Bladder dysfunction: Intradetrusor: Note: Prophylactic antimicrobial therapy (excluding aminoglycosides) should be administered 1 to 3 days prior to, on the day of, and for 1 to 3 days following onabotulinumtoxinA administration to decrease risk of urinary tract infection (UTI). Discontinue antiplatelet therapy at least 3 days prior to administration.

Detrusor overactivity associated with neurologic condition: 30 injections of 1 mL (recommended concentration: ~6.7 units/mL) for a total dose of 200 units/30 mL (maximum: 200 units); for the final injection, ~1 mL of sterile NS should be injected to ensure that the remaining medication in the needle is delivered to the bladder; may consider re-treatment with diminishing effect but no sooner than 12 weeks from previous administration (median time until second treatment in studies: 42 to 48 weeks).

Overactive bladder: 20 injections of 0.5 mL (recommended concentration: 10 units/mL) for a total dose of 100 units/10 mL (maximum: 100 units); for the final injection, ~1 mL of sterile NS should be injected to ensure that the remaining medication in the needle is delivered to the bladder; may consider re-treatment with diminishing effect but no sooner than 12 weeks from the previous administration (median time until second treatment in studies: ~24 weeks)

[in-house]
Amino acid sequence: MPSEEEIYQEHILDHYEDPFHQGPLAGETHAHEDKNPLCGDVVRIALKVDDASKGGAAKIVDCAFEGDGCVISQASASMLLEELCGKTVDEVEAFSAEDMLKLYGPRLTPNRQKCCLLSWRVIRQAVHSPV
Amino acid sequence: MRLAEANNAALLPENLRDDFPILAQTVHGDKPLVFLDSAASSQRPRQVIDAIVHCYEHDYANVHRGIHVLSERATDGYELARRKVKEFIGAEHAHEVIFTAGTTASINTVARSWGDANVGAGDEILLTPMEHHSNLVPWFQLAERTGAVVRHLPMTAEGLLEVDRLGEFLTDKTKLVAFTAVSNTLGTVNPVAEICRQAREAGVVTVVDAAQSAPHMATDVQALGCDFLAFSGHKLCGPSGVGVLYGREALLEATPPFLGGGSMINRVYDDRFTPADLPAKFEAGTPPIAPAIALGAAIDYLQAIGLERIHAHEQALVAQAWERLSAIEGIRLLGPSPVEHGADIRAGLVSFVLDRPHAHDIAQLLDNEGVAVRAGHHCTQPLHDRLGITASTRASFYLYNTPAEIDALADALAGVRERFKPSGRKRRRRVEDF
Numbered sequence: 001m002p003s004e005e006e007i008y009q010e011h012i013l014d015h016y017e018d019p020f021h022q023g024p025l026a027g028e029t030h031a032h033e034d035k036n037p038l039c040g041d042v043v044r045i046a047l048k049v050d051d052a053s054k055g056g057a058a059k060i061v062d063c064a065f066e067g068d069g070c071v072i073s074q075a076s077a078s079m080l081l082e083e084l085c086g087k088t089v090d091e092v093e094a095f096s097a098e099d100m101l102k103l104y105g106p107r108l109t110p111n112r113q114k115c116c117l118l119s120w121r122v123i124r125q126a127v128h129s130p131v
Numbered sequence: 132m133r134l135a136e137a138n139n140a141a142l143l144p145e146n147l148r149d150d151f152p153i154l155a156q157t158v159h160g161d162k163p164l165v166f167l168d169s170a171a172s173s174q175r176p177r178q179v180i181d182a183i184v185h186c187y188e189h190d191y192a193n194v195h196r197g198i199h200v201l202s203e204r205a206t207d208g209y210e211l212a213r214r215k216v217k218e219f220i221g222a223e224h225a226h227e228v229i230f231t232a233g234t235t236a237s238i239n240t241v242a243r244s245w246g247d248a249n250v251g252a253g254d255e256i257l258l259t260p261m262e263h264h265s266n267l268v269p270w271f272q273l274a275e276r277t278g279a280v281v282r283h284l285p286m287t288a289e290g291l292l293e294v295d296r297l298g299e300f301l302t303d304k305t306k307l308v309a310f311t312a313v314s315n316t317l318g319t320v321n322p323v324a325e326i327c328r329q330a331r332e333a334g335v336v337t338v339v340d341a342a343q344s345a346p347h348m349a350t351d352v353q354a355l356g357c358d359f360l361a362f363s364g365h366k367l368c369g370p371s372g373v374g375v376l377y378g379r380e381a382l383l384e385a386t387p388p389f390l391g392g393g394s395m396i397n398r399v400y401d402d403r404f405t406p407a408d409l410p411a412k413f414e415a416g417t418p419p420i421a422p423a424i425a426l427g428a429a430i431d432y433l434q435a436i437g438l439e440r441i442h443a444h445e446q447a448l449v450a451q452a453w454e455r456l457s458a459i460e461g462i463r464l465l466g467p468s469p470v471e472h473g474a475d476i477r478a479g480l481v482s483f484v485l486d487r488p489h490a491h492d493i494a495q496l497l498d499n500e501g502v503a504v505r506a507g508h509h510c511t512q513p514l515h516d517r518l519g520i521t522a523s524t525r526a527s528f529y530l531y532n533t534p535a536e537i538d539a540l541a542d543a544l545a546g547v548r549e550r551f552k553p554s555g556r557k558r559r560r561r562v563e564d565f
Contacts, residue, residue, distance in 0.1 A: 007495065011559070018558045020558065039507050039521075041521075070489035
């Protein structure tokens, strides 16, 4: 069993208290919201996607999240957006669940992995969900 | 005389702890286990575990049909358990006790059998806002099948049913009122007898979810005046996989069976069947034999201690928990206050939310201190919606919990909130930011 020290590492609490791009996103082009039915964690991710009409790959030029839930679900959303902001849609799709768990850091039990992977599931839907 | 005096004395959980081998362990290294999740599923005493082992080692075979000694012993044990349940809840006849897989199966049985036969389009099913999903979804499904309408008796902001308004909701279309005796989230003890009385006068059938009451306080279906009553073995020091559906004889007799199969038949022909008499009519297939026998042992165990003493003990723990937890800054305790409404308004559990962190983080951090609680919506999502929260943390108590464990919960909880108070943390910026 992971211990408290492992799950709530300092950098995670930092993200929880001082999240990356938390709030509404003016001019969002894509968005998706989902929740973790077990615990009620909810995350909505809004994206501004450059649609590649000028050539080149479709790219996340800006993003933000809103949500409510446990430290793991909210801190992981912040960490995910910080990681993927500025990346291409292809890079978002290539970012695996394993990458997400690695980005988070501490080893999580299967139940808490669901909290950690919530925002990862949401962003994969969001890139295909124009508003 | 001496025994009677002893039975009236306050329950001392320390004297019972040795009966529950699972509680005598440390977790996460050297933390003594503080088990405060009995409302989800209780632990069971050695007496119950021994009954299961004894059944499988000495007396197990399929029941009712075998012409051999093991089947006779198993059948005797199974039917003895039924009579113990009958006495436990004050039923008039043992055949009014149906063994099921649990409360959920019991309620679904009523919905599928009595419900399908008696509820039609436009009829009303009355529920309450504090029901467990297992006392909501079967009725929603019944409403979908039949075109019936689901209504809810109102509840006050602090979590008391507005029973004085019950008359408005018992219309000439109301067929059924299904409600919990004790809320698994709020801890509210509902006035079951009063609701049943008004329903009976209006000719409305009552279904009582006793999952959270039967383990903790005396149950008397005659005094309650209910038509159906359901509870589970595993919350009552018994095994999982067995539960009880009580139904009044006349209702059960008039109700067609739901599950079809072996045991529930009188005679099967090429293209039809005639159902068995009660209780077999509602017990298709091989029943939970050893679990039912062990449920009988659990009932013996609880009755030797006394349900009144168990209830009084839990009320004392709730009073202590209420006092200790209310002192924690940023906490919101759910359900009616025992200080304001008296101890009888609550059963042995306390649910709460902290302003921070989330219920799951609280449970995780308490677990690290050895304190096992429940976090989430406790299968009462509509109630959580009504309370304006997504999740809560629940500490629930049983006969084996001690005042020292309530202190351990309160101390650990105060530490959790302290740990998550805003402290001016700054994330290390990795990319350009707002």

Blepharospasm: IM:

Botox: Initial dose: 1.25 to 2.5 units injected into the medial and lateral pretarsal orbicularis oculi of the upper lid and lateral pretarsal orbicularis oculi of lower lid

Dose may be increased up to twice the previous dose if the response from the initial dose lasted ≤2 months; maximum dose per site: 5 units. Tolerance may occur if treatments are given more often than every 3 months, but the effect is not usually permanent. Cumulative dose:

US labeling: ≤200 units in 30-day period

Canadian labeling (not in US labeling): Botox: ≤200 units in 2-month period

Cervical dystonia: IM: For dosing guidance, the mean dose is 236 units (25th to 75th percentile range 198 to 300 units) divided among the affected muscles in patients previously treated with botulinum toxin (maximum: ≤50 units/site). Initial dose in previously untreated patients should be lower. Sequential dosing should be based on the patient's head and neck position, localization of pain, muscle hypertrophy, patient response, and previous adverse reactions. The total dose injected into the sternocleidomastoid muscles should be ≤100 units to decrease the occurrence of dysphagia.